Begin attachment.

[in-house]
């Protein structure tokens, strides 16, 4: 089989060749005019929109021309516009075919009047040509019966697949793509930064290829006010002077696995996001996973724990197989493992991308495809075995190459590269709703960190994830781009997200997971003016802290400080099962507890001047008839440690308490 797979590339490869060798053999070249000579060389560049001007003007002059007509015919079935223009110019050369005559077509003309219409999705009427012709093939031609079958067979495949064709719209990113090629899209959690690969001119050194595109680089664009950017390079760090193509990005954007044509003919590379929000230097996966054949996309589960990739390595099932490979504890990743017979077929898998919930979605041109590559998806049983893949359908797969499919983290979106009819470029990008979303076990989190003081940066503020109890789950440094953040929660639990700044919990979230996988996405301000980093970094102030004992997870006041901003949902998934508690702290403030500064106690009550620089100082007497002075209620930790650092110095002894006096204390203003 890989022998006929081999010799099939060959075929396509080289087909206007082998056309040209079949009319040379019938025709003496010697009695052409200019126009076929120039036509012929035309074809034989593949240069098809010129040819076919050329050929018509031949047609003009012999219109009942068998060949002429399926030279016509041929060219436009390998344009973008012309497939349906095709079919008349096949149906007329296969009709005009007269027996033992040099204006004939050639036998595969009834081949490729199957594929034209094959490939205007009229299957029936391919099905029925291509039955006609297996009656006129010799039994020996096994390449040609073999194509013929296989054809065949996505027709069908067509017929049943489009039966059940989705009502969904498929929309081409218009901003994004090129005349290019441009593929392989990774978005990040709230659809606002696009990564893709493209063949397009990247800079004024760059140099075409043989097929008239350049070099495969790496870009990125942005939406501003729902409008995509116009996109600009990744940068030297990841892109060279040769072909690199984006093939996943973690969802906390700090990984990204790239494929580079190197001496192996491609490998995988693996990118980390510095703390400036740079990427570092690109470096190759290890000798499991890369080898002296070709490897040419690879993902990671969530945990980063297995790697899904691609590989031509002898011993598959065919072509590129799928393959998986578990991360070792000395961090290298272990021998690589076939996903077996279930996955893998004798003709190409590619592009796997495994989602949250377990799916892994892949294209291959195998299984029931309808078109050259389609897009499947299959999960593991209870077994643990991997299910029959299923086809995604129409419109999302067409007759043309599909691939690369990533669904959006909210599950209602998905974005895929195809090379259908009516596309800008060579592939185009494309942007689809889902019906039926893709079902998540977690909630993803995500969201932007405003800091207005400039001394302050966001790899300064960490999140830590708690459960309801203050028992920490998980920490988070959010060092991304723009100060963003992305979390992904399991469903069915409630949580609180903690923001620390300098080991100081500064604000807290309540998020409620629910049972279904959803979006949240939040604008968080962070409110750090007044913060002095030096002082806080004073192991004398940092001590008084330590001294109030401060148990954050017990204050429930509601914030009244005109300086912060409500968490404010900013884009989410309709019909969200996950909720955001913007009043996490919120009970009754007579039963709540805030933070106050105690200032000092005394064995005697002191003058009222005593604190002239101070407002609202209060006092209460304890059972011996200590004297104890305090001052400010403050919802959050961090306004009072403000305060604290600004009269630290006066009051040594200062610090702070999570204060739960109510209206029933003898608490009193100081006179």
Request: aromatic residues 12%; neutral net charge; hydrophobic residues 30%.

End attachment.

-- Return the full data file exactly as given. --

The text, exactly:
[in-house]
């Protein structure tokens, strides 16, 4: 089989060749005019929109021309516009075919009047040509019966697949793509930064290829006010002077696995996001996973724990197989493992991308495809075995190459590269709703960190994830781009997200997971003016802290400080099962507890001047008839440690308490 797979590339490869060798053999070249000579060389560049001007003007002059007509015919079935223009110019050369005559077509003309219409999705009427012709093939031609079958067979495949064709719209990113090629899209959690690969001119050194595109680089664009950017390079760090193509990005954007044509003919590379929000230097996966054949996309589960990739390595099932490979504890990743017979077929898998919930979605041109590559998806049983893949359908797969499919983290979106009819470029990008979303076990989190003081940066503020109890789950440094953040929660639990700044919990979230996988996405301000980093970094102030004992997870006041901003949902998934508690702290403030500064106690009550620089100082007497002075209620930790650092110095002894006096204390203003 890989022998006929081999010799099939060959075929396509080289087909206007082998056309040209079949009319040379019938025709003496010697009695052409200019126009076929120039036509012929035309074809034989593949240069098809010129040819076919050329050929018509031949047609003009012999219109009942068998060949002429399926030279016509041929060219436009390998344009973008012309497939349906095709079919008349096949149906007329296969009709005009007269027996033992040099204006004939050639036998595969009834081949490729199957594929034209094959490939205007009229299957029936391919099905029925291509039955006609297996009656006129010799039994020996096994390449040609073999194509013929296989054809065949996505027709069908067509017929049943489009039966059940989705009502969904498929929309081409218009901003994004090129005349290019441009593929392989990774978005990040709230659809606002696009990564893709493209063949397009990247800079004024760059140099075409043989097929008239350049070099495969790496870009990125942005939406501003729902409008995509116009996109600009990744940068030297990841892109060279040769072909690199984006093939996943973690969802906390700090990984990204790239494929580079190197001496192996491609490998995988693996990118980390510095703390400036740079990427570092690109470096190759290890000798499991890369080898002296070709490897040419690879993902990671969530945990980063297995790697899904691609590989031509002898011993598959065919072509590129799928393959998986578990991360070792000395961090290298272990021998690589076939996903077996279930996955893998004798003709190409590619592009796997495994989602949250377990799916892994892949294209291959195998299984029931309808078109050259389609897009499947299959999960593991209870077994643990991997299910029959299923086809995604129409419109999302067409007759043309599909691939690369990533669904959006909210599950209602998905974005895929195809090379259908009516596309800008060579592939185009494309942007689809889902019906039926893709079902998540977690909630993803995500969201932007405003800091207005400039001394302050966001790899300064960490999140830590708690459960309801203050028992920490998980920490988070959010060092991304723009100060963003992305979390992904399991469903069915409630949580609180903690923001620390300098080991100081500064604000807290309540998020409620629910049972279904959803979006949240939040604008968080962070409110750090007044913060002095030096002082806080004073192991004398940092001590008084330590001294109030401060148990954050017990204050429930509601914030009244005109300086912060409500968490404010900013884009989410309709019909969200996950909720955001913007009043996490919120009970009754007579039963709540805030933070106050105690200032000092005394064995005697002191003058009222005593604190002239101070407002609202209060006092209460304890059972011996200590004297104890305090001052400010403050919802959050961090306004009072403000305060604290600004009269630290006066009051040594200062610090702070999570204060739960109510209206029933003898608490009193100081006179």
Request: aromatic residues 12%; neutral net charge; hydrophobic residues 30%.